The report on the sustainable use of pesticides Directive adopted by the Commission takes stock of progress made by the EU Member States in applying measures to reduce the risks and impacts of pesticides. It covers a wide range of topics such as aerial spraying, information to the public or training of professionals. The report indicates insufficient implementation of the Directive on the sustainable use of pesticides.
Commenting on the report, Vytenis Andriukaitis, Commissioner for Health and Food Safety, said: “I know first-hand that citizens are concerned about the impact of the use of pesticides on their health and the environment. We take these concerns into consideration and we are working with the Member States to achieve sustainable use of pesticides in the way we grow and produce our food. I will continue encouraging and supporting Member States in their task of implementing the measures to reduce risks derived from the use of pesticides”.
What are the main conclusions of the Report?
While the Directive offers the potential to greatly reduce the risks derived from pesticide use these improvements are limited and insufficient to achieve the environmental and health improvements the Directive was designed to achieve. This is largely due to the implementation of the Directive that remains patchy.
Some key findings from the report include:
- Aerial spraying is banned in all EU countries, with exceptions granted only under strict conditions.
- Pesticide use is banned or minimised in public parks, sports grounds, hospitals and schools.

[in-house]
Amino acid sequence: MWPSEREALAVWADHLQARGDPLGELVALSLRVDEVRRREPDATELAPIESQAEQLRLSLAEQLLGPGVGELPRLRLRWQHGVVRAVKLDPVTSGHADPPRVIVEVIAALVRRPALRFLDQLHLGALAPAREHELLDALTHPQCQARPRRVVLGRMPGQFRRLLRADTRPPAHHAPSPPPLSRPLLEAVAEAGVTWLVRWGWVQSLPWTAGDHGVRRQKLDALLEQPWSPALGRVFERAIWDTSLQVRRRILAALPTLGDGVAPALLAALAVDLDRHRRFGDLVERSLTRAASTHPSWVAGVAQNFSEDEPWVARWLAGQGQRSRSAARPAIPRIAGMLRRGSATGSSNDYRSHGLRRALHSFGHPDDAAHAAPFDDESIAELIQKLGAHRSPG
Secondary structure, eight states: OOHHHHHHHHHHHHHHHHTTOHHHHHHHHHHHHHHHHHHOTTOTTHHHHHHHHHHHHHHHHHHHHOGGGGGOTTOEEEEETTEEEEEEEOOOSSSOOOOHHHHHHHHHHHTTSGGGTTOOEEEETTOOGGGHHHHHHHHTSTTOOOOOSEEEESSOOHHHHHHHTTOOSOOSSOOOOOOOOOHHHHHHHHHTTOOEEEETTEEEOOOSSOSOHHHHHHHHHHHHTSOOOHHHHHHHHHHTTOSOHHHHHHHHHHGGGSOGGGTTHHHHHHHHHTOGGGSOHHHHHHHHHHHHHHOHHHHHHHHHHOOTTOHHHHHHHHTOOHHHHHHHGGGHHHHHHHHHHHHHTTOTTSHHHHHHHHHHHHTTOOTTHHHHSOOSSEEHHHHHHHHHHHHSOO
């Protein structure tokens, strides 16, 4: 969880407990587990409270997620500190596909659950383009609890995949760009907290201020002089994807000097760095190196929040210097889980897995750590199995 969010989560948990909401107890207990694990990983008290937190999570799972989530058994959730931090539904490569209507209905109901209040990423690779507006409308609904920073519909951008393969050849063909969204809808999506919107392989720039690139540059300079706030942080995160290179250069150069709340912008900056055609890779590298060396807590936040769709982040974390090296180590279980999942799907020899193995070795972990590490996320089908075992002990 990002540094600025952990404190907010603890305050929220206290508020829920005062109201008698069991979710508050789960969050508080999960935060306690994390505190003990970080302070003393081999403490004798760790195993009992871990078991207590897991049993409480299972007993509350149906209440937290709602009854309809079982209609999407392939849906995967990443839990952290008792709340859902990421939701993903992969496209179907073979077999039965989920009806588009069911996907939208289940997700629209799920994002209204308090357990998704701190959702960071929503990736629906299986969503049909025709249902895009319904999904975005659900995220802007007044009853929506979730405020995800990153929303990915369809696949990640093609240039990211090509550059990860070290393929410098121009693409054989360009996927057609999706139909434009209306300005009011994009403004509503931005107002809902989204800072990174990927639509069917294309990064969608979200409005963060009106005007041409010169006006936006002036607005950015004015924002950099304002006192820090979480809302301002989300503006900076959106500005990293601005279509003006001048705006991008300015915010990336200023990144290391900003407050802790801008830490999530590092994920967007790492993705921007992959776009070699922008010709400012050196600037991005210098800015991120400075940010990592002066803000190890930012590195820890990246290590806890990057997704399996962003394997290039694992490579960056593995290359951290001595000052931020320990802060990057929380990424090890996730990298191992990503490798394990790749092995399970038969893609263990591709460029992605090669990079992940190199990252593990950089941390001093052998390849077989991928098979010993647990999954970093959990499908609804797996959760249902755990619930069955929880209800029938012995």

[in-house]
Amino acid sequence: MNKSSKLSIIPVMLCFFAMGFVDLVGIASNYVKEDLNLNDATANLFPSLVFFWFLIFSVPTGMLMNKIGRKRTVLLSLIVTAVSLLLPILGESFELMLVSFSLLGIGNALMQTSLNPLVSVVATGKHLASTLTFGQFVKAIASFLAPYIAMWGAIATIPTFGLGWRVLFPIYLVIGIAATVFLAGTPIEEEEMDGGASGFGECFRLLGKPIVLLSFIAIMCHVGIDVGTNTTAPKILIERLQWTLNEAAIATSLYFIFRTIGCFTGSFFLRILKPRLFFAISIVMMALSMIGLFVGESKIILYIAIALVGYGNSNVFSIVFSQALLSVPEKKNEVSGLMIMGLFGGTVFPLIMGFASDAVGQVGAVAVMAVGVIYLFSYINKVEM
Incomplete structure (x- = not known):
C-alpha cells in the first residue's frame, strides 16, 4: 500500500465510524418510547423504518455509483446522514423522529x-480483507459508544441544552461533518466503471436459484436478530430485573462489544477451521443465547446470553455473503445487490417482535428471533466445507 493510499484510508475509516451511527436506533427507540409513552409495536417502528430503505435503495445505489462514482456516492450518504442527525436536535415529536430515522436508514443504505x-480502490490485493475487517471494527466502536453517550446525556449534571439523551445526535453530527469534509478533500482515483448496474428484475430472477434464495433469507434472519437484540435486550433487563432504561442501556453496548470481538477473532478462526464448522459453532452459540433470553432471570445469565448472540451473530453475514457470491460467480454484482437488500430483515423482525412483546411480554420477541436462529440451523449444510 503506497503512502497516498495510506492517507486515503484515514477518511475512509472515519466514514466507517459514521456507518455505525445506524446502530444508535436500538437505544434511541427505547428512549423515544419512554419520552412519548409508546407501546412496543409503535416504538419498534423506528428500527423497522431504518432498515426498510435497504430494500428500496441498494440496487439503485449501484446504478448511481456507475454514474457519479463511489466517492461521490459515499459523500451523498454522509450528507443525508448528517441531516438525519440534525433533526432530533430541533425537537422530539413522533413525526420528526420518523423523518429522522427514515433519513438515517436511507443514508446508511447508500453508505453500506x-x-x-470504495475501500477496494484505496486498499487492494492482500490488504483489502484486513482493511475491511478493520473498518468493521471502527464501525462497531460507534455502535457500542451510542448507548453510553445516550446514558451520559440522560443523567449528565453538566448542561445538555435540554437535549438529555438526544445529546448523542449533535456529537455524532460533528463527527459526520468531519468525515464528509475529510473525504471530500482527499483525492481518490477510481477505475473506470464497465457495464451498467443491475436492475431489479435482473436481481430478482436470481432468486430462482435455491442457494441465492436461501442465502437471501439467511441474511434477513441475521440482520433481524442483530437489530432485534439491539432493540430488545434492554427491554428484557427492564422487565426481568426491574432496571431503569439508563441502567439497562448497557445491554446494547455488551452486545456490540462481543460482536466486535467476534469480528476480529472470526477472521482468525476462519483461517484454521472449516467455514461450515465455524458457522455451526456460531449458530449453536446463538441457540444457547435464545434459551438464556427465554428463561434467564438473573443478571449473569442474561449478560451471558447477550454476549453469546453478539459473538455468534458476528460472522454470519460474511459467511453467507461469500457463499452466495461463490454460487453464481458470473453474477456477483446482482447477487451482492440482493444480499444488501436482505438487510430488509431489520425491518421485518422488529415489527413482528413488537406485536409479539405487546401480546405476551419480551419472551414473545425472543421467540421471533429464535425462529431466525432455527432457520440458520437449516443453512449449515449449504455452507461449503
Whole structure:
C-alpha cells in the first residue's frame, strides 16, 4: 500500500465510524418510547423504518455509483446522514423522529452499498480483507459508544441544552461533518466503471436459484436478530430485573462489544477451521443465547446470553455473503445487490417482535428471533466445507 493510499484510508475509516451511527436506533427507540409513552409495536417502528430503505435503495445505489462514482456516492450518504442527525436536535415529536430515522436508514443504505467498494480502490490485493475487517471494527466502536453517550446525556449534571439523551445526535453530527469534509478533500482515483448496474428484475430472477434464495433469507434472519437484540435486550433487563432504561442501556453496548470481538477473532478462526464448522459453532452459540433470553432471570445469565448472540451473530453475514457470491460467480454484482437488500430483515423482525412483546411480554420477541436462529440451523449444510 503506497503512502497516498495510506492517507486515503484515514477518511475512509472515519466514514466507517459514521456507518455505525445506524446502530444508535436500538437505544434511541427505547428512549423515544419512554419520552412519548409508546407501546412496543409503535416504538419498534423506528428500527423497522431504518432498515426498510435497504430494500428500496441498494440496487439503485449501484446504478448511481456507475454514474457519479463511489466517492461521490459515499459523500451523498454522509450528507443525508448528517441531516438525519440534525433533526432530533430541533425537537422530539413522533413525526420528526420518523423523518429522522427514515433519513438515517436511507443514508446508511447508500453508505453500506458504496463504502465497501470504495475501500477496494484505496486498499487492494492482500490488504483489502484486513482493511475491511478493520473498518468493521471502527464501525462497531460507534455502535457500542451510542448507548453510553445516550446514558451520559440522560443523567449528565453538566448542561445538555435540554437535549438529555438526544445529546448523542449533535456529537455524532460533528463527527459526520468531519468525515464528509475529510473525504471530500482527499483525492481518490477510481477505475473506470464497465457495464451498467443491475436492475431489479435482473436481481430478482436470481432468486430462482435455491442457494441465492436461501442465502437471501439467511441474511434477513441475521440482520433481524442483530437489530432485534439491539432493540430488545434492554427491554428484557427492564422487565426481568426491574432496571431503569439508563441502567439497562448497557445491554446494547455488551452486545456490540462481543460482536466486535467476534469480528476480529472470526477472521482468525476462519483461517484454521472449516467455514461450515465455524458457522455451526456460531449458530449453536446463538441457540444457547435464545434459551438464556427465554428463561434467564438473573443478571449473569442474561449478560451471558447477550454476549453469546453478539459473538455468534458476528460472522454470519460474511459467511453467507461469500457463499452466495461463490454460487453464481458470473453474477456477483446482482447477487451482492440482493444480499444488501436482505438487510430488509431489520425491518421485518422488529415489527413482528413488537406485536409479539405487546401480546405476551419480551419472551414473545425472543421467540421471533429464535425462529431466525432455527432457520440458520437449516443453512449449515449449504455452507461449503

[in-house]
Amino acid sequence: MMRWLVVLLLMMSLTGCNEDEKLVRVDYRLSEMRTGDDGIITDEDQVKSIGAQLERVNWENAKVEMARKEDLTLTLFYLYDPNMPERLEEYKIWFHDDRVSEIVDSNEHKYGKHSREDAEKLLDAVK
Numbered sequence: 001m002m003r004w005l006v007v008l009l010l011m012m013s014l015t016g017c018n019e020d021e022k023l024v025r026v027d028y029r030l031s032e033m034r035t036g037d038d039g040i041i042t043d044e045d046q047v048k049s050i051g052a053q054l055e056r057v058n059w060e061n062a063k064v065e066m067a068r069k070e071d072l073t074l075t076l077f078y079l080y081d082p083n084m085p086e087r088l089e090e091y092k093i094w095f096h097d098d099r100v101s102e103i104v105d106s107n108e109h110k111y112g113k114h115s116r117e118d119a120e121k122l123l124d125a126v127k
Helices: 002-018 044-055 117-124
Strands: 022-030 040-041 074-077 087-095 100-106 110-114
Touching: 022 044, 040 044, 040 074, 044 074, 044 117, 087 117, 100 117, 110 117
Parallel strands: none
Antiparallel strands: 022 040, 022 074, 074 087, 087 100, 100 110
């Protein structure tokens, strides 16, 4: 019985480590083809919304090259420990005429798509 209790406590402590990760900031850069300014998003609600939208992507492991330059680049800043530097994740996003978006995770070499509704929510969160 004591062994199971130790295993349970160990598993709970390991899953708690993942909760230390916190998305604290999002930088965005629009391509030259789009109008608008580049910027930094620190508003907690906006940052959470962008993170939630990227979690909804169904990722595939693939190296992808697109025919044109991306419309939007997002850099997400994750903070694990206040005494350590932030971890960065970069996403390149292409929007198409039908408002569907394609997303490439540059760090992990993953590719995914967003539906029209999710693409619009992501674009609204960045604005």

- Protection of aquatic environments or specific areas such as public parks is difficult to assess given the lack of measurable targets in most National Action Plans (NAPs).
- Integrated Pest Management (IPM) remains underused by Member States. This is despite the fact that the number of EU-approved low risk/non-chemical pesticide substances has doubled since 2009. Compliance at individual grower level is not being systematically checked by Member States.
- Training and certification systems for professionals have been set up in all EU countries, and to date almost four million farmers have been trained to use pesticides safely. Furthermore, 900 000 sprayers have been tested for accurate and safe application.
What is next?
When revising their National Action plans, Member States need to improve their quality, primarily by establishing specific and measurable targets and indicators for a long term strategy for the reduction of risks and impacts from pesticide use.
The Commission will continue to monitor and support implementation by the Member States to provide assurance that the objectives of the Directive are being achieved. This monitoring includes a range of actions such as audits, the evaluation of revised NAPs and other follow-up activities – for example exchange of best practices and training of professionals. The Commission will also work with Member States to develop EU harmonised risk indicators, based on Member States’ experience with their national indicators.
The Commission launched a new website which contains links to Member States’ websites on sustainable use of pesticides, including Integrated Pest Management (IPM) , with a view to facilitate the exchange of information between them and increase the flow of relevant information to farmers and the general public.
The full report is accompanied by an overview report which includes a more detailed analysis and many examples of good practice being implemented by Member States.
Finally, the Commission also published a Guidance on monitoring and surveying of impacts of pesticide use on human health and the environment.
Source: European Comission – Food Safety